Ahhhh…off the grid.
Originally posted on Upstately:
I have written extensively about the desire to live simply, intentionally, in the moment. Minimalist, anti-materialist living is kind of an aspiration of mine (a lofty one I will never truly realize). Taken far enough, one enters into conversations about living off the grid. It is one thing to fantasize about such an extreme…
I saw a post on a Facebook feed about becoming a host family for the Fresh Air project, and I emailed for more information. The website looked wonderful, idyllic even. We have so much to offer, I thought. How can we live where we do, with what we have, and not be willing to share?
After all, what could go wrong? Well, I knew the truth might be far from idyllic. We would be signing up to host…
You may write me down in history
With your bitter, twisted lies,
You may trod me in the very dirt
But still, like dust, I’ll rise.
Does my sassiness upset you?
Why are you beset with gloom?
‘Cause I walk like I’ve got oil wells
Pumping in my living room.
Just like moons and like suns,
With the certainty of tides,
Just like hopes springing high,
Still I’ll rise.
Did you want to…
Last year I found myself in the garden saying things like, “Stop eating all the peas!” and “We aren’t going to have any spinach left for our salad if you eat it all now!” Luckily, I caught myself before I banned the girls from ever eating vegetables again. I really do want my kids to love the food they grow; what better example of them loving their food than when they eat it straight off the vine.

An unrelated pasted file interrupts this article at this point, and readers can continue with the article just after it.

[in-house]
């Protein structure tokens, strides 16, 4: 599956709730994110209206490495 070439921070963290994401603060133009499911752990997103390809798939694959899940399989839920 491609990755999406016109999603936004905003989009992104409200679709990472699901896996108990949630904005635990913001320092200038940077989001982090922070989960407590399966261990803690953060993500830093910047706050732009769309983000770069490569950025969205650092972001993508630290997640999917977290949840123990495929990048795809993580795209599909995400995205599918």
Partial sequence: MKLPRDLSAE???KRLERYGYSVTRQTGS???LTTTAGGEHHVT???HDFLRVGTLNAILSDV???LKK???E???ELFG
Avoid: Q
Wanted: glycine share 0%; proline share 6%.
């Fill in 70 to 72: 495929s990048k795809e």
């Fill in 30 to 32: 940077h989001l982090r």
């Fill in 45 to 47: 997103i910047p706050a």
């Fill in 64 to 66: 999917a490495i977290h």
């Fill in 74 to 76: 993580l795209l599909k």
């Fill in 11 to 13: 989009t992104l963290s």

by Kaitlyn Guenther
Sand scatters the beach
Waves crash on the sandy shore
Blue water shimmers
Today’s poem is a haiku.
I still remember the haiku poem I wrote in 5th grade. It was about fog, a subject melancholy enough for a budding writer. Give your kids a subject and ask them to write a poem! Here are some resources for how they can get started.
I can teach my kids a lot of their school while we’re in the kitchen. I can teach reading, math and science every day just by having my kids with me while I cook. Still, there’s more than just the practical lessons to be learned. Once I got past the horror of the messes they can make helping me cook, I realized the kitchen really is a critical place for them to spend their time.
Here are the…
How Falling in Love is like Owning a Dog
by Taylor Mali
First of all, it’s a big responsibility,
especially in a city like New York.
So think long and hard before deciding on love.
On the other hand, love gives you a sense of security:
when you’re walking down the street late at night
and you have a leash on love
ain’t no one going to mess with you.
Because crooks and muggers think love is…
by A.A. Milne
When the sun
Shines through the leaves of the apple-tree,
When the sun
Makes shadows of the leaves of the apple-tree,
Then I pass
On the grass
From one leaf to another,
From one leaf to its brother,
Here I go!
If you’ve known me for long, you know the story about the lady who walked by me in a parking lot in Arkansas on a brisk 80 degree day. The hot wind ruffled Max’s hair (he was a baby) and the lady (did I mention she was a stranger) walked by and said, “That baby needs a hat.”
Actually he needed a brain with myelin more than he needed a hat. The lady however needed manners.
A similar, more…
1. Set a routine. I have found that TV followed by aggressive wrestling matches followed by a bowl full of Lucky Charms isn’t the routine that works best. Bedtime routines take about an hour on a good night and it’s important for the kids to do the same thing and expect the same results. In our house we have the kids get their PJs on, brush their teeth, go potty and then they get a long…